A generation will never forget Nov. 22, 1963
Published 3:48 pm Friday, November 26, 2021
On Friday, November 22, 1963, I was on my way to chemistry class at Permian High School in Odessa, Texas.
I got there a little early before 12:30 pm and was going over my notes when I could hear a TV or radio program coming from the storeroom. I recognized the voice of Walter Cronkite. A few minutes later my chemistry teacher, Mr. Bert Tucker, emerged from the storeroom with tears running down his face. All my classmates were wondering what happened. Mr. Tucker wiped his eyes and said, “They’ve killed our President.”
We were all in shock. Dallas was only three hundred miles east of us as we tried to process what was going on. Speculation went amok: was the Soviet Union responsible or Cuba? Was a coup d’état taking place? We were all scared and many began to cry. School was not suspended and none of my teachers tried to teach.
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When I got home, all three channels that we had, NBC, CBS, and ABC began 24/7 coverage in black and white; color wasn’t available then. The TV networks covered the transport of President Kennedy from Parkland Hospital to Love Field in Dallas. When Vice President Johnson arrived on Air Force One, a call was made and a federal Judge, Sarah Hughes, administered the oath of office to Lyndon Johnson on board the aircraft. Johnson insisted that Jackie Kennedy be there to witness the oath and a picture was taken of all involved to show the world that the American government was still in place.
There was a slight delay when the authorities insisted that an autopsy of the slain president be performed at Parkland. Johnson would not allow Air Force One to take-off without President Kennedy. The Secret Service prevailed, and they escorted President Kennedy’s casket to Air Force One.
Mrs. Kennedy stayed beside the coffin of her husband during the entire flight. There was network coverage of Air Force One arriving at Andrews Air Force Base. The first person to board the aircraft was Attorney General Robert Kennedy, JFK’s brother, and he immediately went to Mrs. Kennedy.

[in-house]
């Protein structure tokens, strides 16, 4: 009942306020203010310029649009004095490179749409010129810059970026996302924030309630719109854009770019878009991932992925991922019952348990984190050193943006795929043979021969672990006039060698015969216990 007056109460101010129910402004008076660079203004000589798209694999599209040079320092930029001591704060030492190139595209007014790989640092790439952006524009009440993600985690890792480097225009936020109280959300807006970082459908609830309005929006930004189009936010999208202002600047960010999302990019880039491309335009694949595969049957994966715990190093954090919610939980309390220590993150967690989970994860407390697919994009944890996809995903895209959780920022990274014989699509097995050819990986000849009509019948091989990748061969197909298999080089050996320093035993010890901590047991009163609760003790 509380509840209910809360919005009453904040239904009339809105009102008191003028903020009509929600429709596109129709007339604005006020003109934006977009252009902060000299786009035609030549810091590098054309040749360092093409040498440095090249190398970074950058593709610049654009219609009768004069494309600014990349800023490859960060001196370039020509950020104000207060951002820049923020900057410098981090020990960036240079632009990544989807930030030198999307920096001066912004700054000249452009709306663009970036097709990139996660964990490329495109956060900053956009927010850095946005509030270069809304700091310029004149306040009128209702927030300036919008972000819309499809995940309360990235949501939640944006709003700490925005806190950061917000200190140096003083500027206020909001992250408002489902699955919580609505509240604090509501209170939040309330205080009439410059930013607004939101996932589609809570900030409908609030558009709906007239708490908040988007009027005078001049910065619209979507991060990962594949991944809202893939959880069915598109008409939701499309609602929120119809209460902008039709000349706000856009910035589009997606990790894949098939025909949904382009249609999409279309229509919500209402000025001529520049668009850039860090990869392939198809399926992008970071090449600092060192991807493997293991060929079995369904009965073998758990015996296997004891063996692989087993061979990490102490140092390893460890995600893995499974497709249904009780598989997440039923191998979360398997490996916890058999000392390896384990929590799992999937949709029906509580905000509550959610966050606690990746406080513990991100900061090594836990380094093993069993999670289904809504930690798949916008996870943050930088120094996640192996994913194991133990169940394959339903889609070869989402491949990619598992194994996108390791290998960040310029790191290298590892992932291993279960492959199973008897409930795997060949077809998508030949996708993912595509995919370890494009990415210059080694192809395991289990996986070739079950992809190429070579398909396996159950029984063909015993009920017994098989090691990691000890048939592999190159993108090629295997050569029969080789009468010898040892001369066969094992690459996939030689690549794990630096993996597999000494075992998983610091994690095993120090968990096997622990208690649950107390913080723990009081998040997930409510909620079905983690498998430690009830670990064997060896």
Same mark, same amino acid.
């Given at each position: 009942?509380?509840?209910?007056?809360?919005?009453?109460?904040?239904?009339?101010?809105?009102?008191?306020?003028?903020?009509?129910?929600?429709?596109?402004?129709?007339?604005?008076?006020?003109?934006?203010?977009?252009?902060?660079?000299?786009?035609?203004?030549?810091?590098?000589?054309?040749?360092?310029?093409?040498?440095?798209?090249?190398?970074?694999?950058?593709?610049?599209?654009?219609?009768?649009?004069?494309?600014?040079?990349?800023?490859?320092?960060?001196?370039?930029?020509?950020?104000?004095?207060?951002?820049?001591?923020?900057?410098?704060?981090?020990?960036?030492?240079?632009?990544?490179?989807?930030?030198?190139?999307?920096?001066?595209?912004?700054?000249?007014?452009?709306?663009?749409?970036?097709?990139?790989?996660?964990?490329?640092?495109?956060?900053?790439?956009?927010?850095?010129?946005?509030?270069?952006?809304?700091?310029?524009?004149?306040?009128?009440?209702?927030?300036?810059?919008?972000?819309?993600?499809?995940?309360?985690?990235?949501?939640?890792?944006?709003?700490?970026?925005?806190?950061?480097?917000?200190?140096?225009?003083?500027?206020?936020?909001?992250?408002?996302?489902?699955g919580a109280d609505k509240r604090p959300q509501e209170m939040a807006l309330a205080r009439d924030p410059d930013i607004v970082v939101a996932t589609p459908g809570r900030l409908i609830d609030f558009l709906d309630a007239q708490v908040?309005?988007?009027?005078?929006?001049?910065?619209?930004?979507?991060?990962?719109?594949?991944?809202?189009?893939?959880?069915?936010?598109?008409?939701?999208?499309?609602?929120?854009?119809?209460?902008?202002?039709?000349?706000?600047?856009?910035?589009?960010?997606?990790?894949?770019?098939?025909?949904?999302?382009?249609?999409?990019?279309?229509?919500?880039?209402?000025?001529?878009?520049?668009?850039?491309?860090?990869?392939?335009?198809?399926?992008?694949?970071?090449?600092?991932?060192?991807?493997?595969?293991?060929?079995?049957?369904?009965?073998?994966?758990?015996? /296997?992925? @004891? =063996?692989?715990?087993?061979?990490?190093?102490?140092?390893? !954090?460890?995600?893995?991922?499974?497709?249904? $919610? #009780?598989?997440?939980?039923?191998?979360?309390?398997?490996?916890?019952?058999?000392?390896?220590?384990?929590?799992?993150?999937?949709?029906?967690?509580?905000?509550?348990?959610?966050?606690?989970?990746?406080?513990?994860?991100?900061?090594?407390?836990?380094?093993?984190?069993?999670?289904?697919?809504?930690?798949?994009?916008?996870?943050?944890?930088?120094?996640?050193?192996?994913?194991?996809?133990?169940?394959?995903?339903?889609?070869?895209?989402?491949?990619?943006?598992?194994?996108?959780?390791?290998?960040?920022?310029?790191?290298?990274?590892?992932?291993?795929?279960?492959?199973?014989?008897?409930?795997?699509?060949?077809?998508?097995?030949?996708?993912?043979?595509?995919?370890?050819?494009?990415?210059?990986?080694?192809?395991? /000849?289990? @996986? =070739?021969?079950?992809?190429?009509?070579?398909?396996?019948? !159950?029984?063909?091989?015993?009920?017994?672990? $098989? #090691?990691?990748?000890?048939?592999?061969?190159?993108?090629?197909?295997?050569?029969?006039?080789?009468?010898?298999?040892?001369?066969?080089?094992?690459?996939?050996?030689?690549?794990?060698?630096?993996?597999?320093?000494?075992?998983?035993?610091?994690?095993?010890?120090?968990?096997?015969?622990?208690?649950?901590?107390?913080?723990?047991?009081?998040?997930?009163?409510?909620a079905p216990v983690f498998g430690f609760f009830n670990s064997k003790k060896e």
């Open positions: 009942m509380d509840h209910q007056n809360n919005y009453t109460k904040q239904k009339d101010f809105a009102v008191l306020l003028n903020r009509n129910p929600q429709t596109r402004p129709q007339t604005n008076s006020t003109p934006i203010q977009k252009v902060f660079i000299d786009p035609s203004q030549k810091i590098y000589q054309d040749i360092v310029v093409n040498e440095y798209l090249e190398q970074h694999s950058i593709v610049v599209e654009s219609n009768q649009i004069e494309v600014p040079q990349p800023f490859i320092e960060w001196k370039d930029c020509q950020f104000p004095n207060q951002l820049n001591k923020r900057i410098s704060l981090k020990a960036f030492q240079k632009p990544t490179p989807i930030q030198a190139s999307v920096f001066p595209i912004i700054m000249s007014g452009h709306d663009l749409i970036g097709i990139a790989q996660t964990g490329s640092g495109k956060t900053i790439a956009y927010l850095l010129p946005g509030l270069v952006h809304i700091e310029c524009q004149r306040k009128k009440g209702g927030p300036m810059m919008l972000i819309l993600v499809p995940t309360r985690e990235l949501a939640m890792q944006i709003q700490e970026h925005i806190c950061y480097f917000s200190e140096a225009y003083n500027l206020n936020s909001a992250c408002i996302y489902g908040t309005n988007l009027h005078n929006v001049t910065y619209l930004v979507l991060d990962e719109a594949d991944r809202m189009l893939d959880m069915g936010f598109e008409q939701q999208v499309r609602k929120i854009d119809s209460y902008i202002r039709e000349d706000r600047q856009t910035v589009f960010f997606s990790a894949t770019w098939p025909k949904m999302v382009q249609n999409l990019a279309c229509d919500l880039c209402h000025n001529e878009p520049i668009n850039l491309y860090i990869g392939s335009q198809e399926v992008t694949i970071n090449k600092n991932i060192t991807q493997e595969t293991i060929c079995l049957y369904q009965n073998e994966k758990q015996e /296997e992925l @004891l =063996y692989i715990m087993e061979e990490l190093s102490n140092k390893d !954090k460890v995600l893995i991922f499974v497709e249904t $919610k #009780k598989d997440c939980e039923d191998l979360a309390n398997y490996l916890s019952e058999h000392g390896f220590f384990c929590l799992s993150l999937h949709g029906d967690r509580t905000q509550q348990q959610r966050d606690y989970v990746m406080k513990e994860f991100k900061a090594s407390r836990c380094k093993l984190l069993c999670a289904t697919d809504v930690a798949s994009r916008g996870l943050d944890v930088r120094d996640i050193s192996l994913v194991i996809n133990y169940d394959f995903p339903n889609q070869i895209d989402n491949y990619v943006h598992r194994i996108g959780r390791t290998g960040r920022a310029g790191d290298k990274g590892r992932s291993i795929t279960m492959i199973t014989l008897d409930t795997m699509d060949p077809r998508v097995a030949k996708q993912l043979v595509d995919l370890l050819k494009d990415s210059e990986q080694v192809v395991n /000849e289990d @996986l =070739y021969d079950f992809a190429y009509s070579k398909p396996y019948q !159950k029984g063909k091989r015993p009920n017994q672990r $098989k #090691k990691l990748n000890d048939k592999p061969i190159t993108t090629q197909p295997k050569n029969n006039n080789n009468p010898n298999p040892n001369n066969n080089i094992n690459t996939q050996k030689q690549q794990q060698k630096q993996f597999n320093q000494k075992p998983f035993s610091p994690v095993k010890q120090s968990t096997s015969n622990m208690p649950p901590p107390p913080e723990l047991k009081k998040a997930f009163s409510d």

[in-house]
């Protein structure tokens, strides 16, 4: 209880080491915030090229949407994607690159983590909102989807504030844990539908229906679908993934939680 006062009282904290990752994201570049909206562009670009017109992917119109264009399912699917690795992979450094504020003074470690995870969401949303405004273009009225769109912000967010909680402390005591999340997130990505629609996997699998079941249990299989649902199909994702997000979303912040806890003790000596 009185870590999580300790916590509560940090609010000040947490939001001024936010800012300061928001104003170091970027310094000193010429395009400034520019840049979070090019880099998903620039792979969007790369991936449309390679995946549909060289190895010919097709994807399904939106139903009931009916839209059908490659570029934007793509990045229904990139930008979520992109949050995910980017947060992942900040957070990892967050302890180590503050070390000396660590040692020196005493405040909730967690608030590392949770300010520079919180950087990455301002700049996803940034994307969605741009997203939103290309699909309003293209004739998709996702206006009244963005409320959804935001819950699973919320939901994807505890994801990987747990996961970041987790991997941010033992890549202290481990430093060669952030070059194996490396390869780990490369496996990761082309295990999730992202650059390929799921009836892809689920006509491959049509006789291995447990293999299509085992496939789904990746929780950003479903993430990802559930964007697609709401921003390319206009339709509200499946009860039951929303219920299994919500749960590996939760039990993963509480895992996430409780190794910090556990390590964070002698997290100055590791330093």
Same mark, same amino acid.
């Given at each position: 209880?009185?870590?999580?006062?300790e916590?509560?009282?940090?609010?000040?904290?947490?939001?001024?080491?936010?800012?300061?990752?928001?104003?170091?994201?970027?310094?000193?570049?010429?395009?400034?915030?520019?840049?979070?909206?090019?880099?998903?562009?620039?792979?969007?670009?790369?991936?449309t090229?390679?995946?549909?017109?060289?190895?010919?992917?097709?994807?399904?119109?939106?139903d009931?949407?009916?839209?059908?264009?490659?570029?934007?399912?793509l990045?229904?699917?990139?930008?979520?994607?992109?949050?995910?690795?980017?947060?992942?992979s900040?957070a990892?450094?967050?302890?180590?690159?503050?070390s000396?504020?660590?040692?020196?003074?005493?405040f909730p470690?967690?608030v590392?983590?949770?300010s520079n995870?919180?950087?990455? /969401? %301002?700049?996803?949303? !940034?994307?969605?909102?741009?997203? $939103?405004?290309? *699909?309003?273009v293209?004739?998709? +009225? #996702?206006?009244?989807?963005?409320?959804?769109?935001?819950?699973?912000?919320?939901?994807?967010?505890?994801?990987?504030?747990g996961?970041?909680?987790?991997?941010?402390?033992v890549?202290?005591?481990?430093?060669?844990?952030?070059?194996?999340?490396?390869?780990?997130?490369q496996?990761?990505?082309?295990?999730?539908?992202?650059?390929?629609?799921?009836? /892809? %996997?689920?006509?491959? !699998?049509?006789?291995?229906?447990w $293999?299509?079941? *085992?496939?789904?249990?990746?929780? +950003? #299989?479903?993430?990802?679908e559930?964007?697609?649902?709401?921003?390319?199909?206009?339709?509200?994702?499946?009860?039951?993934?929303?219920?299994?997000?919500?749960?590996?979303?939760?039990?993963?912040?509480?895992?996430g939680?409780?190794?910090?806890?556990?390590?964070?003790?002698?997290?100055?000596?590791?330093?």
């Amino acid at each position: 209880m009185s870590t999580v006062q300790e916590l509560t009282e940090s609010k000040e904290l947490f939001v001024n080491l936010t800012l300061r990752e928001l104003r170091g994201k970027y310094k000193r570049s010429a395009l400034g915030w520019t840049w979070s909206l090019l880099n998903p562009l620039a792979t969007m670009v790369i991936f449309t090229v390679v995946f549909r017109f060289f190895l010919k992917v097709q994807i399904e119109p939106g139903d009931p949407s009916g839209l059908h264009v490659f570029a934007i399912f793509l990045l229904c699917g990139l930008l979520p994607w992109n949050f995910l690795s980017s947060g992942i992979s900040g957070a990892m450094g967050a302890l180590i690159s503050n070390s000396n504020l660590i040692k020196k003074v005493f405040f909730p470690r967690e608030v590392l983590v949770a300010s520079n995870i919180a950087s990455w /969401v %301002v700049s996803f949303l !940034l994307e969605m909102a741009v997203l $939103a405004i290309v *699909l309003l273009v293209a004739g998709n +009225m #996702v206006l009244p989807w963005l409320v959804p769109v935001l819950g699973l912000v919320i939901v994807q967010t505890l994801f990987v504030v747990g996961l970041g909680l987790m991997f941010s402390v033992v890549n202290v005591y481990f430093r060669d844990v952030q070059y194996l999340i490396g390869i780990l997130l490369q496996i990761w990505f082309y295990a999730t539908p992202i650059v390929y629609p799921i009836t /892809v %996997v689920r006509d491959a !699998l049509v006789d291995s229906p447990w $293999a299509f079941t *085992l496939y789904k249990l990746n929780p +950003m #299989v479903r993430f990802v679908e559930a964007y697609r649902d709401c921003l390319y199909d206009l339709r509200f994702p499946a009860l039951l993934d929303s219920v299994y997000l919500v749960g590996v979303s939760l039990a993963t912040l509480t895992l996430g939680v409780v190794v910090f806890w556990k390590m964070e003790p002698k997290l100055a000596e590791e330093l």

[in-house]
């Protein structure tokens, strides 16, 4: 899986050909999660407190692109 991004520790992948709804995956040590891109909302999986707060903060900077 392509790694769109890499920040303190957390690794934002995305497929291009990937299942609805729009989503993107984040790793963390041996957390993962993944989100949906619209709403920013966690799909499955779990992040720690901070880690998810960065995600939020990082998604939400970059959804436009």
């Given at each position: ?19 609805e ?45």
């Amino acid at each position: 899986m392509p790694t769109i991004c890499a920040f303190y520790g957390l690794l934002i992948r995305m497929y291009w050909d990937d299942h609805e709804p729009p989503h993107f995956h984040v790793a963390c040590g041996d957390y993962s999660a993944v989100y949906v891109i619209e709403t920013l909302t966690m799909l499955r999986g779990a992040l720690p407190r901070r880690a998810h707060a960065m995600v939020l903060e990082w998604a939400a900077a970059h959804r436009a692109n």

The next few days covered all the events including the funeral dirge and the solemn sounds as the coffin of President Kennedy was marched from the Capital Rotunda to the East Room of the White House where he was lying in state and then to St. Matthew’s. Tradition has always been that the honor guard composed of one member of each branch of the military faced out from the corners of the catafalque. The catafalque was the same that was used for President Abraham Lincoln. Mrs. Kennedy requested and was granted that the honor guard face in towards President Kennedy.
All the numerous heads of state paid their respects first, followed by an endless stream of people saying goodbye to the president. With all the events in process, on Sunday, November 24, I was watching the television at 11:24 am, when Lee Harvey Oswald, the president’s assassin, was killed by Jack Ruby, a local night club owner, during a transport of Oswald to a more secure county jail.
Prior to the day of the funeral at St. Matthew’s Cathedral on November 25, Mrs. Kennedy made the decision to walk behind her husband’s caisson from St. Matthew’s Cathedral to his final resting place in Arlington National Cemetery.
Since Mrs. Kennedy was making the walk, all the heads of state from all over the world, decided to walk behind Mrs. Kennedy and family members much to the chagrin of the Secret Service. Just as this generation will always remember the events of 9/11/2001, my generation will never forget 11/22/1963.
Gene Hays is an author and historian with books available at Amazon.com and can be reached by email: firstname.lastname@example.org.